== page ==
London, UK — Markus Gehring, who leads international economic law research at the Centre for International Governance Innovation (CIGI), acted as an expert witness on Brexit in the House of Lords today.

The House of Lords European Union (EU) Select Committee is gathering evidence on a wide range of issues to help it understand the complexity of Brexit negotiations. As an EU and international sustainable development lawyer, Gehring has provided key analysis in the wake of the Brexit vote through his expert CIGI commentary. During his participation in the hearing today, Gehring outlined some of the key challenges for the UK as the exit from the EU is negotiated:

“On many of these technical details, we actually have jurisprudence by the Court of Justice. The EU Commission is not bound by the political will of the EU Member states, nor is it solely driven by what might be in the best interests of the European Union. There are also legal limits as to how far the Commission can go in certain areas; the Commission will have to observe or amend the treaties in order to accommodate such a new agreement with a former Member state. That is an entirely different kettle of fish – renegotiating the foundational treaties of the EU is no small feat. Some commentators have said it’s virtually impossible.”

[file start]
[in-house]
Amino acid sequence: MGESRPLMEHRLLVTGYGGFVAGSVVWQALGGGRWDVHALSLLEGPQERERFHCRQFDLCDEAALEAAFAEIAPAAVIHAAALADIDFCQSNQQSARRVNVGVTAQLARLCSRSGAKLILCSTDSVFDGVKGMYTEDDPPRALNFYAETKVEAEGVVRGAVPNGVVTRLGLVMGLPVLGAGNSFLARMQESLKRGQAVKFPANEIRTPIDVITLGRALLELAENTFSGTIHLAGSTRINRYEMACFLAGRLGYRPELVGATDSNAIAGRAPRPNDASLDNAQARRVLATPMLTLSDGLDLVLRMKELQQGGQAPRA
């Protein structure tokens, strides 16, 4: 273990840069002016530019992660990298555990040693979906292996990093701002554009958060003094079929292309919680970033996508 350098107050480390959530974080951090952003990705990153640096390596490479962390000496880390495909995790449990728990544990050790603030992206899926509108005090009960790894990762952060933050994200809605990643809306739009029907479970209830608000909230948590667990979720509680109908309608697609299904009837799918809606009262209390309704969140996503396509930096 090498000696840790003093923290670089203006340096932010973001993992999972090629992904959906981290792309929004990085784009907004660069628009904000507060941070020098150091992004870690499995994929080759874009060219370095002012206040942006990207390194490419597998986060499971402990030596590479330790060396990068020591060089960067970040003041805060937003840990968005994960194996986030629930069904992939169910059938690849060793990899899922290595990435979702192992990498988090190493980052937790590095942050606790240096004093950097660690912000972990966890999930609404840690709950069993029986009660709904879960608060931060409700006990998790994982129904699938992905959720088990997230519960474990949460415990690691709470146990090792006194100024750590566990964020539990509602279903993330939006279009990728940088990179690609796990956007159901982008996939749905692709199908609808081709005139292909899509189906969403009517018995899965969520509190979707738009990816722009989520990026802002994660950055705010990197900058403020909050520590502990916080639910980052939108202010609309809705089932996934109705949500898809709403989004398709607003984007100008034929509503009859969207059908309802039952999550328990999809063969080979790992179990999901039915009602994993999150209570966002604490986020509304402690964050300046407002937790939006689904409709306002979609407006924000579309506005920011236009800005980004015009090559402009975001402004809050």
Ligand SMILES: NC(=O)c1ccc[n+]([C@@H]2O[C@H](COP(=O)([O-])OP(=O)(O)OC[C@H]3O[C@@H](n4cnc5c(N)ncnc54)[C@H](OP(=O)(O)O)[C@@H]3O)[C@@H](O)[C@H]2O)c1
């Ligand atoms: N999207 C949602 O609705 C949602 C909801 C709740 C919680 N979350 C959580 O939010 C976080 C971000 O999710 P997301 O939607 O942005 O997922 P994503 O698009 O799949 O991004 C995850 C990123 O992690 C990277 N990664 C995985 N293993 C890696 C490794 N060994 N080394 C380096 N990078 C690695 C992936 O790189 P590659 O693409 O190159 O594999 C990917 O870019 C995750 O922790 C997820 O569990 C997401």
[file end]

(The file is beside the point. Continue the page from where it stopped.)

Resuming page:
Gehring also highlighted that relying on the existing EU Free Trade Agreements was not a realistic legal prospect for the UK as the EU would essentially have to consent to the continued participation of the UK in these treaties.

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The International Law Research Program at CIGI is a 10-year initiative, jointly funded by CIGI and the Ministry of Research and Innovation of the Province of Ontario. As an integrated multidisciplinary research and mentoring program, the ILRP provides leading academics, government and private sector legal experts, as well as graduate students and post-doctoral candidates from Canada and abroad, with the opportunity to contribute to improving the global rule of law. The ILRP's mission is to connect knowledge, policy and practice to build the international law framework that supports international governance of the future. The program focuses on international economic law, international intellectual property law and international environmental law.

The Centre for International Governance Innovation (CIGI) is an independent, non-partisan think tank on international governance. Led by experienced practitioners and distinguished academics, CIGI supports research, forms networks, advances policy debate and generates ideas for multilateral governance improvements. Conducting an active agenda of research, events and publications, CIGI’s interdisciplinary work includes collaboration with policy, business and academic communities around the world.

The opinions expressed in this article/multimedia are those of the author(s) and do not necessarily reflect the views of CIGI or its Board of Directors.